Glass Houses: Why the Subjects of Queen Elizabeth Avoided the Subject of Pope Joan.
Rustici, Craig (2001) Glass Houses: Why the Subjects of Queen Elizabeth Avoided the Subject of Pope Joan. In: 21st Hofstra University Distinguished Faculty Lecture, Hofstra University.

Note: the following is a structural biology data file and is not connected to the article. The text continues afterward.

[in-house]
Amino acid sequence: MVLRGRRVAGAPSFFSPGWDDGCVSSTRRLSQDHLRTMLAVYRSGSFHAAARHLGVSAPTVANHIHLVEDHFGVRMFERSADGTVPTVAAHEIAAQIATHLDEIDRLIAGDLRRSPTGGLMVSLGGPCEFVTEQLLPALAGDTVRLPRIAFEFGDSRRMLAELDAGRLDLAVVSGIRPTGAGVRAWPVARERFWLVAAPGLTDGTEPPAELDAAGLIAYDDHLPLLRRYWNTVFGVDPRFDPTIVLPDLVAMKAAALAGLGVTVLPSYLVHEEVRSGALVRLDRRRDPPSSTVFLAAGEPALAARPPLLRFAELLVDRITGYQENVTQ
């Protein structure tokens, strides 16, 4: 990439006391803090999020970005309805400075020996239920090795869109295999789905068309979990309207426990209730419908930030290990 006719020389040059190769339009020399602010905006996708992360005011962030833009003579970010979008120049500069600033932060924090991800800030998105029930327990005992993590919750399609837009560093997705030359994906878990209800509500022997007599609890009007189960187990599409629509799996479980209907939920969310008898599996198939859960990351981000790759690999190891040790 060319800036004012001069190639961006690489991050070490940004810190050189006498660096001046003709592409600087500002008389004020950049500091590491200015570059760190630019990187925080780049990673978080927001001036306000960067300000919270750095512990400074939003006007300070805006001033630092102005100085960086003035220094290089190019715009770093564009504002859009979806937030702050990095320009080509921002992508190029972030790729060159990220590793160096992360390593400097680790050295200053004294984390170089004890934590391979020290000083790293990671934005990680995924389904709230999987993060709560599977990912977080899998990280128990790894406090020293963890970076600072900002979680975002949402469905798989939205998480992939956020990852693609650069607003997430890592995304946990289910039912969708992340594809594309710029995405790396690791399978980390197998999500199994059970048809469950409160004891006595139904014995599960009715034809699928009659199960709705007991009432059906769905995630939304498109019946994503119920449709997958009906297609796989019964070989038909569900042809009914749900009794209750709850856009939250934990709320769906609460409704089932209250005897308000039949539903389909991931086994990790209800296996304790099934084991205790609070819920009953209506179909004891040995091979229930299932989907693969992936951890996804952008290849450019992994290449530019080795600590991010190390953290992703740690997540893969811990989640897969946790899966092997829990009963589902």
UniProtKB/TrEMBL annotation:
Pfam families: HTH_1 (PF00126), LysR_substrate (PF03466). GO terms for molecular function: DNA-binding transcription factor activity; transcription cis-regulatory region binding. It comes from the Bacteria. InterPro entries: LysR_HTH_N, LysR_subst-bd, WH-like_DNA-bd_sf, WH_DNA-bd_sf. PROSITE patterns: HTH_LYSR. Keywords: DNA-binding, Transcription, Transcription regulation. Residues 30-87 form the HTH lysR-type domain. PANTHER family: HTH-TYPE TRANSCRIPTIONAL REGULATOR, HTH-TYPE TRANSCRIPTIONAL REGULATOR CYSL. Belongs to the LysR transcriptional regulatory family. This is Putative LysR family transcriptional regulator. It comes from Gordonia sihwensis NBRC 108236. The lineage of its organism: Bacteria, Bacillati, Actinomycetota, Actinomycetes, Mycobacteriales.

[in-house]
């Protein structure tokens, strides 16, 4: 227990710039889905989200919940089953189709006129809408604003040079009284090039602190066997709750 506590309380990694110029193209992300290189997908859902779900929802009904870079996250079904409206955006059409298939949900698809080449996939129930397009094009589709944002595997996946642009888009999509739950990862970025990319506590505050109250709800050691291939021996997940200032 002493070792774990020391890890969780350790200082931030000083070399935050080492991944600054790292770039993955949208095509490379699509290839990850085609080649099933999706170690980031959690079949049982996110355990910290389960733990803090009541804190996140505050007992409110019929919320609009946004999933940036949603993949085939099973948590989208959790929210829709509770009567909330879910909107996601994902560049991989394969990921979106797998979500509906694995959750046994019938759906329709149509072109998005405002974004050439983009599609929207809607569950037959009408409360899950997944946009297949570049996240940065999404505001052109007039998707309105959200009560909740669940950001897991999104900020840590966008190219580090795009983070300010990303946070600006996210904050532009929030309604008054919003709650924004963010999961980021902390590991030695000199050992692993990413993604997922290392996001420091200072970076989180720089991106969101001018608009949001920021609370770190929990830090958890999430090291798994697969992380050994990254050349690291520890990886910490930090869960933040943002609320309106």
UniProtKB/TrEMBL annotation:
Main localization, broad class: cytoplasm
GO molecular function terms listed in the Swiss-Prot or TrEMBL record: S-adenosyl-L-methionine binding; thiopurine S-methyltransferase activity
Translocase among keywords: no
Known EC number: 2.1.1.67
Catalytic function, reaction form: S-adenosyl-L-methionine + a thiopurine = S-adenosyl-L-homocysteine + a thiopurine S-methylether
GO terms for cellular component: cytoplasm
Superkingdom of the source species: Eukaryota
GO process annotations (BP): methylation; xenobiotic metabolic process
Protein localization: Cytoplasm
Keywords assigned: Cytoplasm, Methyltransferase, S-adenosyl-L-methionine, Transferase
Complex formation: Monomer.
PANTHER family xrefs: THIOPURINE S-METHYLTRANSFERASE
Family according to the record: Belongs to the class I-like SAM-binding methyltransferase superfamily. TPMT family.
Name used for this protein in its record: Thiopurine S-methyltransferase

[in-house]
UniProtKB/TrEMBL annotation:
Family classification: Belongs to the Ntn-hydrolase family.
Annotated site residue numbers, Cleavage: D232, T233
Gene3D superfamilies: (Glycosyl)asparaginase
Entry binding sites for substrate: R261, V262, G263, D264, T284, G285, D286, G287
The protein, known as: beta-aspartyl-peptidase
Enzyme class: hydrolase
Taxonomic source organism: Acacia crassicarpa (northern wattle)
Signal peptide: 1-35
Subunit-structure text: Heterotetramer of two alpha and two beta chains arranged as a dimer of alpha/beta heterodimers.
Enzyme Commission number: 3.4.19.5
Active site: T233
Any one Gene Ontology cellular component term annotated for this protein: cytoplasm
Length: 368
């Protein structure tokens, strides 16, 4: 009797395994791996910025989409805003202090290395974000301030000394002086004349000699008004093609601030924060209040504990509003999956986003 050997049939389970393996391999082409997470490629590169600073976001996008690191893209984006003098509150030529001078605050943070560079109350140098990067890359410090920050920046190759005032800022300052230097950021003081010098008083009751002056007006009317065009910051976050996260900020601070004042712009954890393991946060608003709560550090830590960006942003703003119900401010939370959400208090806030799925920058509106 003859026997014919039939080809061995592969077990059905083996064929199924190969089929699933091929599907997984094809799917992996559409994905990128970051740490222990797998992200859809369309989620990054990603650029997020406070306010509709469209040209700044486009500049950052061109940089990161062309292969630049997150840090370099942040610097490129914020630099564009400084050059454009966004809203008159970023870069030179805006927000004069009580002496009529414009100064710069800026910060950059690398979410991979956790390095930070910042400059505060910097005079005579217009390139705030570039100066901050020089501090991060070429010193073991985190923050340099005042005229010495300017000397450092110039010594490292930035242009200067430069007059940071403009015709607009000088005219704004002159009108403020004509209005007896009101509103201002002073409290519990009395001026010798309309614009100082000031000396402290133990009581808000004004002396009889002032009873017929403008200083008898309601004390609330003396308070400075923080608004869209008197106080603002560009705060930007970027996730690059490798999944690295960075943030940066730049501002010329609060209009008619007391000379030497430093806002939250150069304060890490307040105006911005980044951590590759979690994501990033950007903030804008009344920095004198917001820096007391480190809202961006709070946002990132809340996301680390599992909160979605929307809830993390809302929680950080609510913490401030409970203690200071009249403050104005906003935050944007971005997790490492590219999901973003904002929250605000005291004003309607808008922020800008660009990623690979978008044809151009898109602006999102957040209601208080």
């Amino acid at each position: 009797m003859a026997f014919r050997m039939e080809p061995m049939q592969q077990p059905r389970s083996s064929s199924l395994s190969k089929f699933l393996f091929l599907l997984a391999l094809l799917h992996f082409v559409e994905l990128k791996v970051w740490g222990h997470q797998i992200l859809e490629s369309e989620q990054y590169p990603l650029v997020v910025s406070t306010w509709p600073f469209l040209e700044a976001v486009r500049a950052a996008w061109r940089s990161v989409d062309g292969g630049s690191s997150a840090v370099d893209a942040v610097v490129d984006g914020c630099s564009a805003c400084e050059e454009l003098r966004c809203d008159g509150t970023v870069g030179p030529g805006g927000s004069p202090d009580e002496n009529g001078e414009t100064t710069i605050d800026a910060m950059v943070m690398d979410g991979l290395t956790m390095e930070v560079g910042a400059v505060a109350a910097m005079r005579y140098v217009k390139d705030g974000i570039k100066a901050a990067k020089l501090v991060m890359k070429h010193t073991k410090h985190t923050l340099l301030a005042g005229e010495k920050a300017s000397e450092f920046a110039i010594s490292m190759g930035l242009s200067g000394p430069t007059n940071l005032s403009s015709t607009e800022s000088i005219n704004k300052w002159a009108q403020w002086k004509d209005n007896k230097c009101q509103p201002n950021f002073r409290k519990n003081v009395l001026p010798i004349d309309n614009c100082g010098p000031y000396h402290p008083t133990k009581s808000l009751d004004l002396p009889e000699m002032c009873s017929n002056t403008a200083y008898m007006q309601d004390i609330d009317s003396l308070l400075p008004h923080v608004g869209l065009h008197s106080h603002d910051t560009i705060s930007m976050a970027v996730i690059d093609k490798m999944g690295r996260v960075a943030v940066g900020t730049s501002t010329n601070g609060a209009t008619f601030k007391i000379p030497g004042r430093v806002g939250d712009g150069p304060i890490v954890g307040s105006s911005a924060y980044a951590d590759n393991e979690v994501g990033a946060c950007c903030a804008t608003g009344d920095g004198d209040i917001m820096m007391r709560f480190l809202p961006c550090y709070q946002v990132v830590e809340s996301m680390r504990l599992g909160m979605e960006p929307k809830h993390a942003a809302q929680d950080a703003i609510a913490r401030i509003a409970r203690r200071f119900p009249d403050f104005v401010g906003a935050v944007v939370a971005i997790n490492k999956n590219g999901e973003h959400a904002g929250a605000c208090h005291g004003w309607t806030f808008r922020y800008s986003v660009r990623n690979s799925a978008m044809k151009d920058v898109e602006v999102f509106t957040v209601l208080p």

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This lecture (delivered as the 21st Hofstra University Distinguished Faculty Lecture on October 10, 2001) investigates why sixteenth-century English printers published extraordinarily few texts devoted to the sensational exploits of Pope Joan, an apocryphal, medieval woman who allegedly disguised herself as a man and became a Roman Catholic pontiff. An explanation lies in the troubling comparisons that English exiles and hostile foreign observers drew between the public careers and personal lives of Pope Joan and Queen Elizabeth I of England. Royal ceremonies, the Queen's ecclesiastical role, and the recurrent tropes of anti-Elizabethan propaganda all lent credibility to the charge that Elizabeth, "Supreme Governor" of the Church of England, acted as "ceste nouvelle Papesse." The popess analogy cast doubt on the legitimacy of Elizabeth's unprecedented reign as an unmarried English queen and, consequently, threatened to inspire sedition among her (sometimes restless) subjects. Not surprisingly, then, printers operating within the reach of the Queen's government chose to handle the Pope Joan legend with care.
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